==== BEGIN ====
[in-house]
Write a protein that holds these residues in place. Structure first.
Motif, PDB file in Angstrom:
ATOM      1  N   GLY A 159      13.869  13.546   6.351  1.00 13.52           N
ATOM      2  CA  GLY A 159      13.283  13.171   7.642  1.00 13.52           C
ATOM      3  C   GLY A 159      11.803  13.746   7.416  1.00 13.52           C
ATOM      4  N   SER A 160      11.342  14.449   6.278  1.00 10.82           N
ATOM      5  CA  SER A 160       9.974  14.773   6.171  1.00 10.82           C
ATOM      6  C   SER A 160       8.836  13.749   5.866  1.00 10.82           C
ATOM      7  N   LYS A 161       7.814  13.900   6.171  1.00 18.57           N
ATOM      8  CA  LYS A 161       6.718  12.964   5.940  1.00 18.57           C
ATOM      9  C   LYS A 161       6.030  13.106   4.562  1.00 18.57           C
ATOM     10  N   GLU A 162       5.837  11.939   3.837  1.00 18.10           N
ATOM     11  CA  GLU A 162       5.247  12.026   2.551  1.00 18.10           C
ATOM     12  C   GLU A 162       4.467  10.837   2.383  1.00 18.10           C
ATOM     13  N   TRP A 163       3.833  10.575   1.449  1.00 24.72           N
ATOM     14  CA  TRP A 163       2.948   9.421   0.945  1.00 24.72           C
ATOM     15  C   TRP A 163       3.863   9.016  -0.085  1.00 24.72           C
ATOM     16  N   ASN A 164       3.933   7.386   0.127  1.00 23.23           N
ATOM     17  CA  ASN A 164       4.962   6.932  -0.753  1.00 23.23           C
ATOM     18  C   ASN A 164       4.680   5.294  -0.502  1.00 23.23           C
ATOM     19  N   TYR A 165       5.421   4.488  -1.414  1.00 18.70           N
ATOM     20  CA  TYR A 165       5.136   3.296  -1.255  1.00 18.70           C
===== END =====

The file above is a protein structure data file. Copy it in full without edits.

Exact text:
[in-house]
Write a protein that holds these residues in place. Structure first.
Motif, PDB file in Angstrom:
ATOM      1  N   GLY A 159      13.869  13.546   6.351  1.00 13.52           N
ATOM      2  CA  GLY A 159      13.283  13.171   7.642  1.00 13.52           C
ATOM      3  C   GLY A 159      11.803  13.746   7.416  1.00 13.52           C
ATOM      4  N   SER A 160      11.342  14.449   6.278  1.00 10.82           N
ATOM      5  CA  SER A 160       9.974  14.773   6.171  1.00 10.82           C
ATOM      6  C   SER A 160       8.836  13.749   5.866  1.00 10.82           C
ATOM      7  N   LYS A 161       7.814  13.900   6.171  1.00 18.57           N
ATOM      8  CA  LYS A 161       6.718  12.964   5.940  1.00 18.57           C
ATOM      9  C   LYS A 161       6.030  13.106   4.562  1.00 18.57           C
ATOM     10  N   GLU A 162       5.837  11.939   3.837  1.00 18.10           N
ATOM     11  CA  GLU A 162       5.247  12.026   2.551  1.00 18.10           C
ATOM     12  C   GLU A 162       4.467  10.837   2.383  1.00 18.10           C
ATOM     13  N   TRP A 163       3.833  10.575   1.449  1.00 24.72           N
ATOM     14  CA  TRP A 163       2.948   9.421   0.945  1.00 24.72           C
ATOM     15  C   TRP A 163       3.863   9.016  -0.085  1.00 24.72           C
ATOM     16  N   ASN A 164       3.933   7.386   0.127  1.00 23.23           N
ATOM     17  CA  ASN A 164       4.962   6.932  -0.753  1.00 23.23           C
ATOM     18  C   ASN A 164       4.680   5.294  -0.502  1.00 23.23           C
ATOM     19  N   TYR A 165       5.421   4.488  -1.414  1.00 18.70           N
ATOM     20  CA  TYR A 165       5.136   3.296  -1.255  1.00 18.70           C